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Baltimore receives first containership since March 26 bridge collapse


The Port of Baltimore has received its first container ship in its inner harbour since the Francis Scott Key Bridge collapsed after being struck by the 10,000-TEU Dali.

The arrival last Saturday at about 1730 hours local time marked an important milestone for Baltimore businesses and longshoremen, who have been heavily impacted by the closure of normal shipping. 

The  2,800-TEU MSC Passion III transited through the temporary 35-foot-deep shipping channel and moored alongside at Seagirt terminal. About 80 union longshoremen were there to meet the ship and handle her cargo.

The vessel’s small size allowed her to access the harbor: with her current draft of 30.5 feet, she could fit through the 35-foot-deep “limited access channel” that the Army Corps of Engineers recently cleared through the bridge’s wreckage.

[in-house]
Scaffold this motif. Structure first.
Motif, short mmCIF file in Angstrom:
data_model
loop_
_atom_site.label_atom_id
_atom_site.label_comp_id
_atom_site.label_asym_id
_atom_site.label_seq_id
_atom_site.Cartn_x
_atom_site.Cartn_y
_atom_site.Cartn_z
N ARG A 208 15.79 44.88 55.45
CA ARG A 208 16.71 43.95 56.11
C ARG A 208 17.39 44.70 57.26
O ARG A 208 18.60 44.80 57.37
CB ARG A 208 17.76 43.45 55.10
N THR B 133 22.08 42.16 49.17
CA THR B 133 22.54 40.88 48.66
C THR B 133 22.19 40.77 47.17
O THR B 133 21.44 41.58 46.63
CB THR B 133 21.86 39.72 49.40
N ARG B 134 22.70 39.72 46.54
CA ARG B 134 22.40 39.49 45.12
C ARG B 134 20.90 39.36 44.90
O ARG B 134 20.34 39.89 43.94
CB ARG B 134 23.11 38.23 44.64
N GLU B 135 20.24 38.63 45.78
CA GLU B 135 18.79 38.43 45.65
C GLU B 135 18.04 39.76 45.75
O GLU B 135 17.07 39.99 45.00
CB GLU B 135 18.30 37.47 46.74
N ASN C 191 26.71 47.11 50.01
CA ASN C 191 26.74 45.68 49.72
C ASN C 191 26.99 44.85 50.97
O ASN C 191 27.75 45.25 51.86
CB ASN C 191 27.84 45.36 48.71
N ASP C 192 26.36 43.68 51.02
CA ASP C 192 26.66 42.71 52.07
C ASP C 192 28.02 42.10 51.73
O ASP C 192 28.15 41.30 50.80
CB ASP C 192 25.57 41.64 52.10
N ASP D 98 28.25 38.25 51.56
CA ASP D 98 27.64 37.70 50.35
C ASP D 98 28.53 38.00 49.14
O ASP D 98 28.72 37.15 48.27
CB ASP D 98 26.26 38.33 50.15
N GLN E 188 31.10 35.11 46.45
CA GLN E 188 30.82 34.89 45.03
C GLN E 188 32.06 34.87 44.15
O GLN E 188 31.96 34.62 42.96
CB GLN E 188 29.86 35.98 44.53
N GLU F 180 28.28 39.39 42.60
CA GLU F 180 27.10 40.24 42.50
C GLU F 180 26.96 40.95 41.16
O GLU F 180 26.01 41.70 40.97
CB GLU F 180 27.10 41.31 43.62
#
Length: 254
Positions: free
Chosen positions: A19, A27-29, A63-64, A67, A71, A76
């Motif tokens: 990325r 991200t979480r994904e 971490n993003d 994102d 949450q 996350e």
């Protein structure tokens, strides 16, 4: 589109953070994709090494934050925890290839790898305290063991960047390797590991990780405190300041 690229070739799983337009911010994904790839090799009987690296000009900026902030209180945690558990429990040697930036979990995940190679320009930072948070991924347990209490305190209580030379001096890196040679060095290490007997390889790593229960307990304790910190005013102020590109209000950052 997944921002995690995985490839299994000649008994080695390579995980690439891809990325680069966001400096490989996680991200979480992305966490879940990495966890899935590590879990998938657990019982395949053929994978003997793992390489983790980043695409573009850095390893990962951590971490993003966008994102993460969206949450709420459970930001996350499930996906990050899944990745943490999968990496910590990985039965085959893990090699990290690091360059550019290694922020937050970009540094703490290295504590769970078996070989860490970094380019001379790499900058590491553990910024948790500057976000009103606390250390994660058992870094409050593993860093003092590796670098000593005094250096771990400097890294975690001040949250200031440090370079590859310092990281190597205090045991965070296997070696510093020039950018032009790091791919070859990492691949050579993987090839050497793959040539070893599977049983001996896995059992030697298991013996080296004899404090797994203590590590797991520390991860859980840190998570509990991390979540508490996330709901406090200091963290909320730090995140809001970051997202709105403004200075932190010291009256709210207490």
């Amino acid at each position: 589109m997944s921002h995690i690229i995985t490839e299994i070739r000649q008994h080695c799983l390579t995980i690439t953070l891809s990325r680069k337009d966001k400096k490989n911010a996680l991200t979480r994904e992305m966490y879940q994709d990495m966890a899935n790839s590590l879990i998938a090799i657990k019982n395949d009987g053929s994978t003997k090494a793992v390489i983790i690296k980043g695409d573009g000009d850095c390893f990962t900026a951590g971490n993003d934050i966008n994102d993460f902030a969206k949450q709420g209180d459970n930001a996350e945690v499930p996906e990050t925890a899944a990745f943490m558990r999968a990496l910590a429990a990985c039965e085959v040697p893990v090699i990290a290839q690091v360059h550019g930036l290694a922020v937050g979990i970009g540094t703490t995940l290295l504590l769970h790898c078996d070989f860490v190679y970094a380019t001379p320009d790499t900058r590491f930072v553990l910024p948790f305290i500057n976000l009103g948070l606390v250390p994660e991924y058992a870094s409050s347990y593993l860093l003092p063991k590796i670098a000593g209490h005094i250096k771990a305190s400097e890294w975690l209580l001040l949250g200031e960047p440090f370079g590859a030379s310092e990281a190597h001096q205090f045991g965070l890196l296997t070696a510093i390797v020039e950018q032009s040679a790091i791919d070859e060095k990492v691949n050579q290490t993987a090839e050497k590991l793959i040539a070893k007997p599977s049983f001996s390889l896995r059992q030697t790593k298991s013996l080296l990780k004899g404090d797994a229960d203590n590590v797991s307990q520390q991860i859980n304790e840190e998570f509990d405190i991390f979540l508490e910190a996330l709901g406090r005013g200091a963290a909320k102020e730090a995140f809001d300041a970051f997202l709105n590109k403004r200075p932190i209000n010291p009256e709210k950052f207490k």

“Around that 35-foot draft is where you’re really starting to get some of the inventory that’s coming onboard that had really been some of the hallmarks of The Port of Baltimore,” Maryland Gov. Wes Moore said last week. 

A container-on-barge service from Port of Virginia arrived as soon as the channel opened, but MSC Passion III was the first standard container ship to enter the harbor. The complex operation to restore the waterway to its full navigable depth and remove the  Dali is still in progress, and is expected to continue until the end of May.

(Photo from Port of Baltimore)



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